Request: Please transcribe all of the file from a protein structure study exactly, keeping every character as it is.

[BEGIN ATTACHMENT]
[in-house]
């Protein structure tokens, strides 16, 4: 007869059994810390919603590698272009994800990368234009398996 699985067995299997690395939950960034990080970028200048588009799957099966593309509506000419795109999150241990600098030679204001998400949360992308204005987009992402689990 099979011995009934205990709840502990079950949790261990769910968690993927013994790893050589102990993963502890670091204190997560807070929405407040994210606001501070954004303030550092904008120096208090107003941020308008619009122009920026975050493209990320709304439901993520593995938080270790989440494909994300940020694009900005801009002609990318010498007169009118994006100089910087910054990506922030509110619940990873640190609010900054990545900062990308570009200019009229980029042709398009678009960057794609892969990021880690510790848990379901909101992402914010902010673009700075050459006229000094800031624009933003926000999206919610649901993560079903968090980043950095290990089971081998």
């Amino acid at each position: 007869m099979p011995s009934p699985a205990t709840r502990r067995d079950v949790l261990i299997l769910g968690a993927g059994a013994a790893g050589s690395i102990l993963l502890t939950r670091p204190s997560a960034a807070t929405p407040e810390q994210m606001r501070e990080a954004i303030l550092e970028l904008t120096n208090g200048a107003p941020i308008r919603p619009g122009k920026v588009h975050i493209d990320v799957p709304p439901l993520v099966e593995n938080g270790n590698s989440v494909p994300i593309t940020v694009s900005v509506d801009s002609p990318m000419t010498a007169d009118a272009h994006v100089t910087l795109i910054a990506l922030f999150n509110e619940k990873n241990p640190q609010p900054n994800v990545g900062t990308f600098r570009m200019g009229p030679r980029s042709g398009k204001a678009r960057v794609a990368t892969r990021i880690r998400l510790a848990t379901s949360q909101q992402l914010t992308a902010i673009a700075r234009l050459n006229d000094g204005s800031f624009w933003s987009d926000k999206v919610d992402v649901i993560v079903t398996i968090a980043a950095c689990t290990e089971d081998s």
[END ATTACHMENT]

[in-house]
């Protein structure tokens, strides 16, 4: 007869059994810390919603590698272009994800990368234009398996 699985067995299997690395939950960034990080970028200048588009799957099966593309509506000419795109999150241990600098030679204001998400949360992308204005987009992402689990 099979011995009934205990709840502990079950949790261990769910968690993927013994790893050589102990993963502890670091204190997560807070929405407040994210606001501070954004303030550092904008120096208090107003941020308008619009122009920026975050493209990320709304439901993520593995938080270790989440494909994300940020694009900005801009002609990318010498007169009118994006100089910087910054990506922030509110619940990873640190609010900054990545900062990308570009200019009229980029042709398009678009960057794609892969990021880690510790848990379901909101992402914010902010673009700075050459006229000094800031624009933003926000999206919610649901993560079903968090980043950095290990089971081998």
């Amino acid at each position: 007869m099979p011995s009934p699985a205990t709840r502990r067995d079950v949790l261990i299997l769910g968690a993927g059994a013994a790893g050589s690395i102990l993963l502890t939950r670091p204190s997560a960034a807070t929405p407040e810390q994210m606001r501070e990080a954004i303030l550092e970028l904008t120096n208090g200048a107003p941020i308008r919603p619009g122009k920026v588009h975050i493209d990320v799957p709304p439901l993520v099966e593995n938080g270790n590698s989440v494909p994300i593309t940020v694009s900005v509506d801009s002609p990318m000419t010498a007169d009118a272009h994006v100089t910087l795109i910054a990506l922030f999150n509110e619940k990873n241990p640190q609010p900054n994800v990545g900062t990308f600098r570009m200019g009229p030679r980029s042709g398009k204001a678009r960057v794609a990368t892969r990021i880690r998400l510790a848990t379901s949360q909101q992402l914010t992308a902010i673009a700075r234009l050459n006229d000094g204005s800031f624009w933003s987009d926000k999206v919610d992402v649901i993560v079903t398996i968090a980043a950095c689990t290990e089971d081998s």